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Most people will never have to worry about body armor, but there are few things more important to those who do. Having reliable protection can literally be the difference between life and death. This makes reliable armor of the utmost importance, and there was a time when many expected Dragon Skin body armor to be the armor of the future.
Dragon Skin body armor, officially Pinnacle Armor’s SOV 3000, is a flexible body armor that was marketed at a premium, costing around $5000 for a complete set. Due to problems with military testing and certification, it is currently only available from online retailers or individual sellers. When Dragon Skin body armor first appeared, it promised superior protection and unmatched flexibility. It promised innovation and a new path for body armor, but the question is, did it deliver?
The Cost of Dragon Skin Body Armor
Let us start by taking a look at the price. At around $5000 for a complete set, the Dragon Skin body armor is priced far above its competitors. In fact, at the time of its inception and fame in the mid-2000s, it cost upwards of five times more than the body armor issued to the troops in the armed forces. For example, this level IV plate is considered one of the best options on the market right now and it comes in under $500.
Why the higher price tag? Well, the simple answer is that it was supposed to provide a remarkable increase in several areas compared to the competitors. Mainly, it boasted improved flexibility and protection against multiple rounds. This means better movement and greater defensive capabilities, something most would be willing to pay for.
Under normal circumstances, even at such a high price point, there would be no way for such impressive body armor to fail on the open market. Only, it did. Not only did Dragon Skin body armor fail, not managing to pass military testing due to being found unreliable, but the company that manufactured it, Pinnacle Armor, went under.
Where to Buy Dragon Skin Body Armor?
Because of the failure of Dragon Skin body armor and Pinnacle Armor as a whole, the armor was removed from the National Institute of Justice’s list of certified bullet-resistant body armor. This means that any reputable seller cannot market this body armor as reliable, which has limited the market severely. Despite the safety concerns and lack of certification, there are ways to buy a set. If you look hard enough, you can find a retailer online or an individual seller. For instance, there are sets of the armor on eBay, and a group called Mockingbird Precision has a few sets they say have been re-manufactured to deal with the problems the armor had.
If you do decide to purchase Dragon Skin body armor, be sure that you know what you are getting. If you buy an older set, pay particular attention to the testing that this article will go through later to understand the problems with the armor. Also, take note that one of the problems the DoJ had with the armor was the warranty on the adhesive used, and it has been around 13 years since Pinnacle Armor made the last set of Dragon Skin body armor. Lastly, before you buy, ask yourself why there has not been a single piece of armor of this design on the market. Should you buy it?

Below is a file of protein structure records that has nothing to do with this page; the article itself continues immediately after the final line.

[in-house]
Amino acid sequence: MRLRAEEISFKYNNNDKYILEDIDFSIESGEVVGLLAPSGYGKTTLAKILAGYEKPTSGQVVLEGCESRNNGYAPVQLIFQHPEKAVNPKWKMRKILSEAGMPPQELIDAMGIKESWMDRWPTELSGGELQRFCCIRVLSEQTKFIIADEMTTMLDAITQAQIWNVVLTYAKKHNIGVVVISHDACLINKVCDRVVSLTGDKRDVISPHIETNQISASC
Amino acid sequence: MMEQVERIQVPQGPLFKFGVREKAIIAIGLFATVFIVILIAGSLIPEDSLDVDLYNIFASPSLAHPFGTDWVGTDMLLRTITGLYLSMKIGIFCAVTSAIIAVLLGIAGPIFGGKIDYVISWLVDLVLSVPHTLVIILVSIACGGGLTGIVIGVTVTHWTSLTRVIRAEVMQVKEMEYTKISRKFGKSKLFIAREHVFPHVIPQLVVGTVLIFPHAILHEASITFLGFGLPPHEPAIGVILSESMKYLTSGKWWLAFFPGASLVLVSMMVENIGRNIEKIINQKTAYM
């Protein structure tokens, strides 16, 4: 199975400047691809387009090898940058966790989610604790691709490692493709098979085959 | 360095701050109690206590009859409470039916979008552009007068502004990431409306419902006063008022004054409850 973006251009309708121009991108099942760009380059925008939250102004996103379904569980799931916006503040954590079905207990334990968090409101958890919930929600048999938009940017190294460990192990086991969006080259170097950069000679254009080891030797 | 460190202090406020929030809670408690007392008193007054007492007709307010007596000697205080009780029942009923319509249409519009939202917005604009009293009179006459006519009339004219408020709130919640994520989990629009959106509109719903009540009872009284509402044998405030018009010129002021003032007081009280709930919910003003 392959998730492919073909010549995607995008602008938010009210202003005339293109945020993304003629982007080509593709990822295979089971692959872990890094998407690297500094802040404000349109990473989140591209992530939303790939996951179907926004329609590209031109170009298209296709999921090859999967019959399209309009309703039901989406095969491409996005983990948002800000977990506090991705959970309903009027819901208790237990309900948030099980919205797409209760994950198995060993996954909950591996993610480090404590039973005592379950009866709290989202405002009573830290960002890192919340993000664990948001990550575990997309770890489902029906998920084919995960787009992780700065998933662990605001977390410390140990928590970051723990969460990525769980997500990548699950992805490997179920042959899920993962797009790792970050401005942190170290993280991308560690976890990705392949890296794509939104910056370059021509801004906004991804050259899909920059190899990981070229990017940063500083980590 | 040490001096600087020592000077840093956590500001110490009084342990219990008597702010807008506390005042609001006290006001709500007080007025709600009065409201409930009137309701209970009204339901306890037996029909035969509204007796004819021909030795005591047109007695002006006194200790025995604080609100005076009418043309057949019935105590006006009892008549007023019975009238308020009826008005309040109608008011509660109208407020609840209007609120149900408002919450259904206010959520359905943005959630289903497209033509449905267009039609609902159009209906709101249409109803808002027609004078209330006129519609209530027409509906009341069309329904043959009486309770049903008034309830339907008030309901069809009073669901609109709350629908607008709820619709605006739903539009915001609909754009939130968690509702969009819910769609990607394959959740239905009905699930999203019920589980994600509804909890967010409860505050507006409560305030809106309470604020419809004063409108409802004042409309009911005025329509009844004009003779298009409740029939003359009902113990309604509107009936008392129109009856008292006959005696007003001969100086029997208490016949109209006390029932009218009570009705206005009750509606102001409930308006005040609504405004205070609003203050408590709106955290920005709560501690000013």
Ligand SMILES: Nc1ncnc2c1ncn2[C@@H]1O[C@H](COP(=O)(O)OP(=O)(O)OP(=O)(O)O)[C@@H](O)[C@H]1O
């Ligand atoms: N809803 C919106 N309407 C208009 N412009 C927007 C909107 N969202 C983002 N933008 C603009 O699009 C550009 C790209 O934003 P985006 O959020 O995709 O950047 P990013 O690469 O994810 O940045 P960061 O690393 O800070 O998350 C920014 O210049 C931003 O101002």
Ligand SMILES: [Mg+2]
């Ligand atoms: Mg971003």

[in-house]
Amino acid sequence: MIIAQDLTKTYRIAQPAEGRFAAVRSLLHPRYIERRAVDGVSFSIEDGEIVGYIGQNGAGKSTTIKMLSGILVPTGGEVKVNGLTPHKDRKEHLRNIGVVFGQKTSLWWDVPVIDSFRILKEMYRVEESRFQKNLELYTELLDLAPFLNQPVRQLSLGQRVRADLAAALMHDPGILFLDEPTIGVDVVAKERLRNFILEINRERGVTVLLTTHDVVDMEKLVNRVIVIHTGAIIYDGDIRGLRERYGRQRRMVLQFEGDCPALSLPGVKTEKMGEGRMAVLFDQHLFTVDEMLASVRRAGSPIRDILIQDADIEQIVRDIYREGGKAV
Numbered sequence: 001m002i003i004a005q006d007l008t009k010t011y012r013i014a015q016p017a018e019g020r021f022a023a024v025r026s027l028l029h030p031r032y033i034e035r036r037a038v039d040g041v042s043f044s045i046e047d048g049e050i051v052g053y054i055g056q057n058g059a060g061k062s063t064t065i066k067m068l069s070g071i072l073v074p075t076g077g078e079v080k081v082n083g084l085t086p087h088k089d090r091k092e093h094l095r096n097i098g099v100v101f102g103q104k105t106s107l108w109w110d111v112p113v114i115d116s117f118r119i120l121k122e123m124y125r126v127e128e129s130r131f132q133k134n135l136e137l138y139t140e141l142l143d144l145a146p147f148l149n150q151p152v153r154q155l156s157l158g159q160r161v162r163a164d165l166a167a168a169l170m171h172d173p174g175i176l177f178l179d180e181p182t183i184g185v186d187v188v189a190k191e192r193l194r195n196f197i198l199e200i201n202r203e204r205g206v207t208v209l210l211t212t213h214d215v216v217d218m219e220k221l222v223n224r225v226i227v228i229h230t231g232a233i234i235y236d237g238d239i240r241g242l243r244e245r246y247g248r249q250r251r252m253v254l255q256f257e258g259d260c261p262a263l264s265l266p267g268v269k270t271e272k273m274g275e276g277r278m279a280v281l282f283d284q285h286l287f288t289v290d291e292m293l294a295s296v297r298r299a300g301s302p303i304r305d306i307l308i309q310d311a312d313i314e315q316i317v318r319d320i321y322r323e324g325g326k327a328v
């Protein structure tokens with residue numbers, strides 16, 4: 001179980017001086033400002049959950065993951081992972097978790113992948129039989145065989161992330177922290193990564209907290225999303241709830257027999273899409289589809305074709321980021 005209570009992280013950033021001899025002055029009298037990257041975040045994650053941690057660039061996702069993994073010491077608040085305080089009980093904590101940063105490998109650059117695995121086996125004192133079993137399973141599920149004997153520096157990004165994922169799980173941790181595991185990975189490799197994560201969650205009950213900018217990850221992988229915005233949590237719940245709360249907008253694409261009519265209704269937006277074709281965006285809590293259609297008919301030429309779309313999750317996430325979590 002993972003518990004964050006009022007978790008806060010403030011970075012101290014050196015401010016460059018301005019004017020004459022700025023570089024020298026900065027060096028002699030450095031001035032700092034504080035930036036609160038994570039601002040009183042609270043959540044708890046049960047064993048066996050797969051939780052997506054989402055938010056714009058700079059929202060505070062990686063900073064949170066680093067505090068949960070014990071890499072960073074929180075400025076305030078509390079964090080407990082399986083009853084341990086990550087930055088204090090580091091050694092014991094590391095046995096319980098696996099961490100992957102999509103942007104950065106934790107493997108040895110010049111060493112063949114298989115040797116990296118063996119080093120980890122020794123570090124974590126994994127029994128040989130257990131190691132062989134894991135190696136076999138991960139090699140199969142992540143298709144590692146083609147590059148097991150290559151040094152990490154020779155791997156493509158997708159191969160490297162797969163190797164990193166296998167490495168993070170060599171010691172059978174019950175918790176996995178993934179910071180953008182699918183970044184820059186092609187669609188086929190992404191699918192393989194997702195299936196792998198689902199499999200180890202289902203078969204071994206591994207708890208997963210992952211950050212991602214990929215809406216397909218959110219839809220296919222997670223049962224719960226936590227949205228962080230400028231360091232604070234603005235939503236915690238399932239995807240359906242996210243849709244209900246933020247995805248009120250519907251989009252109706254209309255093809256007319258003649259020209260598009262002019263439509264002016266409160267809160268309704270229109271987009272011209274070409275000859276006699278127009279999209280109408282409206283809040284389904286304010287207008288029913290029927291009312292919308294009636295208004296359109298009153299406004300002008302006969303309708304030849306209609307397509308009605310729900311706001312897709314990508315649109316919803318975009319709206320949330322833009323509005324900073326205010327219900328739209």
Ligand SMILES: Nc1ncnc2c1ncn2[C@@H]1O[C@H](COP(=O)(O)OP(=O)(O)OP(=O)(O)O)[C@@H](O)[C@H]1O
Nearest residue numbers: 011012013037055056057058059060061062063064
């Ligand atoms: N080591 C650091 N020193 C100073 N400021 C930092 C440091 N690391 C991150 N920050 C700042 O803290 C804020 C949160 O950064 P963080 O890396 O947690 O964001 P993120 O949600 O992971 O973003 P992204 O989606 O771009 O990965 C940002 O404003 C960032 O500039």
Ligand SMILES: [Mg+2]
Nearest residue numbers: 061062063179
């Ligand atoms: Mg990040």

Understanding Dragon Skin Body Armor
The concept of Dragon Skin body armor is one of the reasons it reached such unprecedented hype. Unlike traditional body armor, which relies on larger plates, Dragon Skin body armor utilizes overlapping two-inch circular discs made of silicon carbide ceramic. The presumed advantages of such a design are that it:
- Provides superior flexibility, allowing for a higher range of motion
- Is proficient at absorbing ballistic impact, reducing blunt force trauma
- Is able to stand up to a high number of hits compared to traditional armor
It is easy to see why body armor with such features would be attractive, especially to those in the military or law enforcement. After all, mobility is important in various situations, from moving during combat to repelling down from a building or helicopter. Furthermore, being able to rely on your armor to take multiple shots means a lot.
But what about the other specs of the armor? After all, there are other factors when considering body armor, which includes the weight of the armor, how much coverage it gives the wearer, and other dimensions that can have a major impact on its effectiveness in real-life situations.
- Ballistic Protection: The SOV 3000, Dragon Skin’s Level IV body armor, claims to provide protection against a number of rifle rounds. This includes protecting against weapons like an AK-47 and defending the wearer from armor-piercing rounds. The armor even exceeds the requirements for fragmentation on paper.
- Flexibility: Pinnacle Armor claimed that the armor “moved when you moved.” Due to the scale-like design, the armor can wrap around the torso, allowing for far better range of motion and, as they put it, wearing soft body armor despite the superior protection.
- Size and Weight: Compared to the standard 10” X 12” tactical plates, it is supposed to provide around a minimum of 40% more coverage. However, the armor also has a greater thickness and substantial weight increase, up to 47.5 pounds and 1.9 inches thick.